China Picks 50 Developers For $138 Billion Gambit To Stem Real Estate Crisis

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by Tyler Durden
Wednesday, Nov 22, 2023 - 03:05 AM

On Sunday we noted that Beijing would be employing several schemes to try and put a floor under its spiraling property crisis - chief among them, providing at least 1 trillion yuan (US$137 billion) in low-cost financing to renovate urban villages and build new, affordable housing (which, according to Bloomberg's Ye Xie, George Lei and Henry Ren, might not be enough).

Photo: Bloomberg

Beijing announced the two-pronged approach over the past few weeks, which have top-level political backing for financing equivalent to approximately 10% of annual new home sales in what Bloomberg described as the "Singapore" model.

Singapore, while a mecca of private-sector business and financial activity, is renowned for a residential market that’s dominated by public housing. If China’s new plan works, officials might be able to both end a nearly three-year slump in property construction and meet President Xi Jinping’s aims to promote “common prosperity.”

The plan is more of a longer-term structural adjustment in the property sector toward a Singaporean model,” said Betty Wang, senior economist at Australia & New Zealand Banking Group in Hong Kong. “I don’t think it’s just a short-term effort to boost property investment — instead, it’s about China’s 2035 common prosperity goals.”

50 developers

Now, Bloomberg reports that Chinese regulators are quickly moving forward with the two projects - and have drafted a list of 50 developers eligible for a range of financing, according to people familiar with the matter. The list comprises both private and state-owned developers, who will vie for support from financial institutions loans, debt, and equity financing.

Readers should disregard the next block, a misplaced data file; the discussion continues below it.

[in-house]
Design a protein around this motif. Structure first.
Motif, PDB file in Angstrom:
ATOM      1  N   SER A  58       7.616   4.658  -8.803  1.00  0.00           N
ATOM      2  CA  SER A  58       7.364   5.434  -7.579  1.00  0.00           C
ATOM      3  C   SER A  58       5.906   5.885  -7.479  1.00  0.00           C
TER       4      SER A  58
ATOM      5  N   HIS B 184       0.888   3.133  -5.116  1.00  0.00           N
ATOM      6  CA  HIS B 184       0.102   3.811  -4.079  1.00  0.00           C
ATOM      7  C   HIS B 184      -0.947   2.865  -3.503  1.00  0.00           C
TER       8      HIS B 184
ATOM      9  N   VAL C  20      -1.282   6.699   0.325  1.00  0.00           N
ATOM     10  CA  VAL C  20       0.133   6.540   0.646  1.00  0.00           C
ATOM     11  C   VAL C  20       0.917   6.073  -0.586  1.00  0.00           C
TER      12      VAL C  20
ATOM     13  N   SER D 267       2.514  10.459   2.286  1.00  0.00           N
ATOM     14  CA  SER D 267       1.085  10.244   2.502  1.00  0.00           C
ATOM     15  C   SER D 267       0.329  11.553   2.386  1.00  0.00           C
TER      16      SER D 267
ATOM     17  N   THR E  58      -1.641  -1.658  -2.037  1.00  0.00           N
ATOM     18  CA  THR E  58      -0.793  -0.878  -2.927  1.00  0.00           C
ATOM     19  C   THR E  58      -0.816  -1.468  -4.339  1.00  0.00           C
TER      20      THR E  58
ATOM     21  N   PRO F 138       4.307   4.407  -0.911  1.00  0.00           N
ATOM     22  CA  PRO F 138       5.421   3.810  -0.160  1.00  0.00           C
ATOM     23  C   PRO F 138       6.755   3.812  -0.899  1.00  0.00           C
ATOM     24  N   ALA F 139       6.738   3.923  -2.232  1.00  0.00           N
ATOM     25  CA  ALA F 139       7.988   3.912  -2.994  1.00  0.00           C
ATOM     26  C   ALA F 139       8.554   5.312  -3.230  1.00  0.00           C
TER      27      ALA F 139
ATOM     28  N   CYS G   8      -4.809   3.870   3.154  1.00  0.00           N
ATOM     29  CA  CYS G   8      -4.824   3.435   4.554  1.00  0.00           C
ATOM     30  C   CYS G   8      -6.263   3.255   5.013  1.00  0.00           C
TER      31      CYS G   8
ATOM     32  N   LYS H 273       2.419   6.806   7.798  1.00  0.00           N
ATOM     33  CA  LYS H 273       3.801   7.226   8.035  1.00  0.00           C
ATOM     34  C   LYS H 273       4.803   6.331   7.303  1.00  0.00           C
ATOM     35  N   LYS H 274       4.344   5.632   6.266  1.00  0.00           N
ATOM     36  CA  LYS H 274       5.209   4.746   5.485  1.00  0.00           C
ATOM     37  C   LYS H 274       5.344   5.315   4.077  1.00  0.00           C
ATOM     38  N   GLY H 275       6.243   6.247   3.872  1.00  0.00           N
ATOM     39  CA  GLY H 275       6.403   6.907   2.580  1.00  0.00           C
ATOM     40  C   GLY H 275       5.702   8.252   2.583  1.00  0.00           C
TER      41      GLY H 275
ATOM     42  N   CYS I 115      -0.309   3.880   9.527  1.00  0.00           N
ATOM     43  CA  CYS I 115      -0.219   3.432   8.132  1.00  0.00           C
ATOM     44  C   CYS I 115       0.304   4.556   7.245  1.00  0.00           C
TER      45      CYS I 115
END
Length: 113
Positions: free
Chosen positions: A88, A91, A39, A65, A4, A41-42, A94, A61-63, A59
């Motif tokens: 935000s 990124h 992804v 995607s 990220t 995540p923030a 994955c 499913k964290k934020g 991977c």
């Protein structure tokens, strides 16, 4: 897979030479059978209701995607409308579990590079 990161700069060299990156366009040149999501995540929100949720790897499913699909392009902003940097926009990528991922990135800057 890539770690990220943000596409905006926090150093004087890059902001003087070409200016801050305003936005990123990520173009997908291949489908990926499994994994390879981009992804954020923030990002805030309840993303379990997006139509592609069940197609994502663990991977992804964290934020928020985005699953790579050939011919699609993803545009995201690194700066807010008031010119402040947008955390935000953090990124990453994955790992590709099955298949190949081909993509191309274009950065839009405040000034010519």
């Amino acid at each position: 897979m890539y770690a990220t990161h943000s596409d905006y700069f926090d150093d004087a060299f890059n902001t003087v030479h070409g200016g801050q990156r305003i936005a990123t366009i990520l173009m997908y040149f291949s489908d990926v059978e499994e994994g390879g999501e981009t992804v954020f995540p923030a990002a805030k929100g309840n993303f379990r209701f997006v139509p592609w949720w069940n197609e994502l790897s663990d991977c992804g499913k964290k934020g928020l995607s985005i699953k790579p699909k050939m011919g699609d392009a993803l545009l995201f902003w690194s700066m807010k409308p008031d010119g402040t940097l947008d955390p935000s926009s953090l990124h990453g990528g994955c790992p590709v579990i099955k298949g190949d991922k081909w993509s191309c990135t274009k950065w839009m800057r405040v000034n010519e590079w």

The yet-to-be-finalized list would expand on previous rosters created by banks that only focused on some “systemically important” state-backed firms. It underscores Beijing’s growing concerns about the sector following record defaults, a swathe of unfinished apartments and a deep contraction in real estate investment that threatens to derail growth in the world’s second-largest economy.

Some Chinese builders’ dollar bonds rallied after the report. Vanke’s 3.5% note due 2029 climbed 3.9 cents on the dollar, set for the biggest jump in two weeks, according to data compiled by Bloomberg. Longfor’s 3.85% note due 2032 rose 3.2 cents, while Seazen’s 4.8% bond due 2024 climbed 2.2 cents. -Bloomberg

According to a recent statement from Beijing, China's largest banks, brokerages and distressed asset managers were told during a Friday gathering to meet all "reasonable" funding needs from property developers, and to "treat private and state-owned developers the same" when it comes to lending. Regulators were also asked at the event to ensure that loan issuance to private builders doesn't outpace the industry average rate, given that China's outstanding property loans fell for the first time on an annual bases in Q3.

China has attempted several previous schemes to mitigate its housing crisis, which is putting a serious drag on the economy despite other indicators such as industrial production marking improvement in recent months. The real estate industry, on the other hand, contracted 2.7% in Q3, the largest drop this year.

"The results so far are disappointing, because these measures mainly focus on boosting demand but overlook the supply side, namely, the financing needs of developers," according to Macquarie Group Ltd. economists led by Larry Hu wrote in a Nov. 17 note. "A key thing to watch is whether and when policymakers would take bolder actions."